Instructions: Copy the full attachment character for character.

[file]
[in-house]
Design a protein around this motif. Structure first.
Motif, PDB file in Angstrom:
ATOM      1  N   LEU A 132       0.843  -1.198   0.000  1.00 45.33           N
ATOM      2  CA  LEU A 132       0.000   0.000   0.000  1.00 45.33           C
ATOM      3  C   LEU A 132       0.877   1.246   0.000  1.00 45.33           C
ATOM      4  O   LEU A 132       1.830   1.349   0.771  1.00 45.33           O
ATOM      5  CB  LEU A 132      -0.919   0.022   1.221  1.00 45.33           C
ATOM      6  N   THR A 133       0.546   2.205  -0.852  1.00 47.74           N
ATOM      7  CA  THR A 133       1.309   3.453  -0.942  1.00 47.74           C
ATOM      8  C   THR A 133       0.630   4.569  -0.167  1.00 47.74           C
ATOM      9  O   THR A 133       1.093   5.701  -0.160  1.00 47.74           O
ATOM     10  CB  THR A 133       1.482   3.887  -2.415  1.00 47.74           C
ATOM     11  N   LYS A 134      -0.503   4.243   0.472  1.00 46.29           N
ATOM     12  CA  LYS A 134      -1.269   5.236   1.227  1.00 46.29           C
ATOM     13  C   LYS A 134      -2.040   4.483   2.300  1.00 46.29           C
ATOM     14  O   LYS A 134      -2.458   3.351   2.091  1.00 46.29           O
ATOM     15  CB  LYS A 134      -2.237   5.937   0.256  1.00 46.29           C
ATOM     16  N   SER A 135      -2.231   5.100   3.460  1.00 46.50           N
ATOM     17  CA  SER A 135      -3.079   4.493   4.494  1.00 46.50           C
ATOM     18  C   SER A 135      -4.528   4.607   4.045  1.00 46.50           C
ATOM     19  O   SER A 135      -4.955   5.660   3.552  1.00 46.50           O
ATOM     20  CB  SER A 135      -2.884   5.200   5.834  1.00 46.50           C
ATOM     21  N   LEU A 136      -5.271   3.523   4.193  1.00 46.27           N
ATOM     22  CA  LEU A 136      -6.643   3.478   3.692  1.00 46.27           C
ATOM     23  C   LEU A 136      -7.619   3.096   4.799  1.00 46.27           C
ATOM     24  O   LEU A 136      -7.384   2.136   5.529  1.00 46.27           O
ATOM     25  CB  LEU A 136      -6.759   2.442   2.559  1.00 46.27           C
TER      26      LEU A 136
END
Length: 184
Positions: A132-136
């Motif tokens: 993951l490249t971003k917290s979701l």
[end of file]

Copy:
[in-house]
Design a protein around this motif. Structure first.
Motif, PDB file in Angstrom:
ATOM      1  N   LEU A 132       0.843  -1.198   0.000  1.00 45.33           N
ATOM      2  CA  LEU A 132       0.000   0.000   0.000  1.00 45.33           C
ATOM      3  C   LEU A 132       0.877   1.246   0.000  1.00 45.33           C
ATOM      4  O   LEU A 132       1.830   1.349   0.771  1.00 45.33           O
ATOM      5  CB  LEU A 132      -0.919   0.022   1.221  1.00 45.33           C
ATOM      6  N   THR A 133       0.546   2.205  -0.852  1.00 47.74           N
ATOM      7  CA  THR A 133       1.309   3.453  -0.942  1.00 47.74           C
ATOM      8  C   THR A 133       0.630   4.569  -0.167  1.00 47.74           C
ATOM      9  O   THR A 133       1.093   5.701  -0.160  1.00 47.74           O
ATOM     10  CB  THR A 133       1.482   3.887  -2.415  1.00 47.74           C
ATOM     11  N   LYS A 134      -0.503   4.243   0.472  1.00 46.29           N
ATOM     12  CA  LYS A 134      -1.269   5.236   1.227  1.00 46.29           C
ATOM     13  C   LYS A 134      -2.040   4.483   2.300  1.00 46.29           C
ATOM     14  O   LYS A 134      -2.458   3.351   2.091  1.00 46.29           O
ATOM     15  CB  LYS A 134      -2.237   5.937   0.256  1.00 46.29           C
ATOM     16  N   SER A 135      -2.231   5.100   3.460  1.00 46.50           N
ATOM     17  CA  SER A 135      -3.079   4.493   4.494  1.00 46.50           C
ATOM     18  C   SER A 135      -4.528   4.607   4.045  1.00 46.50           C
ATOM     19  O   SER A 135      -4.955   5.660   3.552  1.00 46.50           O
ATOM     20  CB  SER A 135      -2.884   5.200   5.834  1.00 46.50           C
ATOM     21  N   LEU A 136      -5.271   3.523   4.193  1.00 46.27           N
ATOM     22  CA  LEU A 136      -6.643   3.478   3.692  1.00 46.27           C
ATOM     23  C   LEU A 136      -7.619   3.096   4.799  1.00 46.27           C
ATOM     24  O   LEU A 136      -7.384   2.136   5.529  1.00 46.27           O
ATOM     25  CB  LEU A 136      -6.759   2.442   2.559  1.00 46.27           C
TER      26      LEU A 136
END
Length: 184
Positions: A132-136
């Motif tokens: 993951l490249t971003k917290s979701l």